When Suzanne Goin launched A.O.C. in Los Angeles 10 years ago, she wrote the menu template while traveling on a plane—lists of cheeses and cured meats, plus a handful of small plates. There were no entrées in the skinny, three-page booklet that Goin created, though in the end there were about 250 bottles of wine, mostly from California and Europe, selected by co-owner and wine director Caroline Styne. "A.O.C. was a little ahead of its time," says Styne. "No one was doing small plates. We thought, How are we ever going to move all this cheese, all this charcuterie, all this wine? We were sold out in days."
Earlier this year, Goin and Styne relocated A.O.C. from its original site in an unremarkable, warehouse-esque building to a new address with a tree-dotted outdoor space and the feel of a Mediterranean villa. The change prompted the pair to tweak both the menu and wine list. Goin, an F&W Best New Chef 1999, introduced an array of family-style dishes. (Many of them can be found in The A.O.C. Cookbook, out this fall with copious wine notes from Styne.) "The initial idea behind small plates was to be able to share lots of things," says Goin. "It was fun to do one-hit tastes. But now I like the drama of a large platter. It's good to go, 'Wow! Look at that whole chicken!' " In her ode to the iconic bird at San Francisco's Zuni Café, Goin bastes her roast chicken in duck fat, then serves it with a bread salad of torn croutons and tangy Meyer lemon salsa.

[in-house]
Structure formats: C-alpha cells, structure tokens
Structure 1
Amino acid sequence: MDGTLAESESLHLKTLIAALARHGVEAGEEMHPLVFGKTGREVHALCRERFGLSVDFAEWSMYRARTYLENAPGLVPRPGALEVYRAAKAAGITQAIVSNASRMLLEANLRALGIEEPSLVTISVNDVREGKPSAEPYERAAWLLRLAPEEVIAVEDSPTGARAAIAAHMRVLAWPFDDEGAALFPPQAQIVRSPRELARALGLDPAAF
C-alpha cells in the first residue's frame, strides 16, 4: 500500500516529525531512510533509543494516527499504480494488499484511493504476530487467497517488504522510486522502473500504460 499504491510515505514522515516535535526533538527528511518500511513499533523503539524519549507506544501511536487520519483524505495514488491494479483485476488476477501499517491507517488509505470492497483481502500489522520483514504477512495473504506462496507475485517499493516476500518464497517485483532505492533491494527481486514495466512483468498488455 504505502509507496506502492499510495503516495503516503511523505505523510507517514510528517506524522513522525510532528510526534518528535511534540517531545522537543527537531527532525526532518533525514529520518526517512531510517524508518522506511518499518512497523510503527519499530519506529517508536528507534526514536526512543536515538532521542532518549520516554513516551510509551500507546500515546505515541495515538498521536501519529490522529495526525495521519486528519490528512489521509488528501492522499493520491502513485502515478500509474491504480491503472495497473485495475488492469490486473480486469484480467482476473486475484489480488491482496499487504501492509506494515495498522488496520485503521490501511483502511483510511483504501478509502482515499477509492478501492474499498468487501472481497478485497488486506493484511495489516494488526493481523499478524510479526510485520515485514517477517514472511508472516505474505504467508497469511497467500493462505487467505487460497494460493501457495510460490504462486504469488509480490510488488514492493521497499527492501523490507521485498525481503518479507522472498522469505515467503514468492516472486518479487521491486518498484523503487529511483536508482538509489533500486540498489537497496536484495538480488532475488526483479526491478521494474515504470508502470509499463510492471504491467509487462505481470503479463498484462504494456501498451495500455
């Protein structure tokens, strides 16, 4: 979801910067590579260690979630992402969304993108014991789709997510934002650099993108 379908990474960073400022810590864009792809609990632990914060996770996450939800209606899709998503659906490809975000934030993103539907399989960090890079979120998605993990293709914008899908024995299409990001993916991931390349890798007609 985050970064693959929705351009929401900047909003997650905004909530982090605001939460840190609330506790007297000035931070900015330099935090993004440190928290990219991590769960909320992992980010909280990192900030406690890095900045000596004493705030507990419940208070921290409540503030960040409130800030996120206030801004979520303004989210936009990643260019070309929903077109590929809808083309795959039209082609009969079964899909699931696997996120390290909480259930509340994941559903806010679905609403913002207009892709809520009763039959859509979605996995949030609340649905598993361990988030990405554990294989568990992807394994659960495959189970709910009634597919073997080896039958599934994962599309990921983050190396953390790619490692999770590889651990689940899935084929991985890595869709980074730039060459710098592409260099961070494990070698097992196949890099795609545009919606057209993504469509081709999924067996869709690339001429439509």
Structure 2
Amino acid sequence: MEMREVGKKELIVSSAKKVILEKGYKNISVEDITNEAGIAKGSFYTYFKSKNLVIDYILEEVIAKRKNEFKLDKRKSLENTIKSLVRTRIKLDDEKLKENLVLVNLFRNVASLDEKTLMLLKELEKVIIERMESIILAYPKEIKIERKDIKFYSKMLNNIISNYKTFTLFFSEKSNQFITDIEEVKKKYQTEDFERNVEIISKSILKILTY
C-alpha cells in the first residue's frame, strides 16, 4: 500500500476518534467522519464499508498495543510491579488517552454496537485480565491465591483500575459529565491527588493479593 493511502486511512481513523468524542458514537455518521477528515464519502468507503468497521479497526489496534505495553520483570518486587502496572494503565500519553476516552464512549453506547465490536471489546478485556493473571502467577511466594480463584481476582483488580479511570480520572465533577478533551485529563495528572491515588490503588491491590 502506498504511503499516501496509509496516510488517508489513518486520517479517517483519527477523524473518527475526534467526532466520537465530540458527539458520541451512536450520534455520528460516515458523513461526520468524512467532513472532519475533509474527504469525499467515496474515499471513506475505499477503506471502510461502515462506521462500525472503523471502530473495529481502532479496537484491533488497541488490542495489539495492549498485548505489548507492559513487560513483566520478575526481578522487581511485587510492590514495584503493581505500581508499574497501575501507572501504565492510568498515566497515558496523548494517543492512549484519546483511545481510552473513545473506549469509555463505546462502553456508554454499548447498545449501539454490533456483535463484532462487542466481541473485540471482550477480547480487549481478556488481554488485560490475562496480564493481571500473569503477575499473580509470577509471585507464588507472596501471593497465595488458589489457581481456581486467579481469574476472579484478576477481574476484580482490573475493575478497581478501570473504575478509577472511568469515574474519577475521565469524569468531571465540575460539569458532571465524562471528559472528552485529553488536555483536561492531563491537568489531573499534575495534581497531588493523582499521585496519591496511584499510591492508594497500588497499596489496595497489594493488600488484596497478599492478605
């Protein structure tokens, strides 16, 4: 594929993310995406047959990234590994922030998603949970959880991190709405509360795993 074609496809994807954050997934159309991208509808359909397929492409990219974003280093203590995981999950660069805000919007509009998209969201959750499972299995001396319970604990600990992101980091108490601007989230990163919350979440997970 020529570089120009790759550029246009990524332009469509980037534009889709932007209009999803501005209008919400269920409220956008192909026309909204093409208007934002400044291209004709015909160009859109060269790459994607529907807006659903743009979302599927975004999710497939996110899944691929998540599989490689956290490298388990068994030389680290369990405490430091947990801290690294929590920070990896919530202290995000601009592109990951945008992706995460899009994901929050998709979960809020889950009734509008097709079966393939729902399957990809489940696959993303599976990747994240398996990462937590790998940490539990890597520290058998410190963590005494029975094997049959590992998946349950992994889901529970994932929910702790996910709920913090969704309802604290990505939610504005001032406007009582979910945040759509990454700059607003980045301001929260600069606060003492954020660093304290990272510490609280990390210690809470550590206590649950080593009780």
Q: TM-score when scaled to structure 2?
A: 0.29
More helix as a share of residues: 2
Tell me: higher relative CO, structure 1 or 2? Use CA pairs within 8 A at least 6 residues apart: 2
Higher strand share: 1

For Styne, family-style dishes offer a chance to pair multiple wines with one dish, since invariably one person at the table will want a dry white and another a rich red. With the chicken, for instance, she pours two Napa Valley bottles in her own homage to Zuni and the famous wine region nearby. She opts for the Cade Sauvignon Blanc, which is more full-bodied than the average Sauvignon Blanc; it's a great match for the bright-flavored lemon salsa. For red, Styne goes with a Lang & Reed Cabernet Franc: It's medium-bodied and not hedonistically fruit-driven, so it's terrific with the savory roast chicken.
At the new A.O.C., Styne's list is half as long and all the bottles are organic, biodynamic or sustainably farmed. But even with a smaller selection, she claims it's easy to find pairings. "Suzanne's dishes have lots of textures, lots of flavor pops, lots of directions you can go in. Take the pork," she says, referring to the cilantro-and-garlic-rubbed grilled tenderloins Goin serves with a piquant lemongrass-and-chile sambal and coconut rice. "The spicy Asian accents scream Riesling, like the Max Ferd Richter Estate from Germany," says Styne. "But a rich, structured red, like the Holus Bolus Syrah from Santa Barbara, works well too, because the chiles won't trample all over it."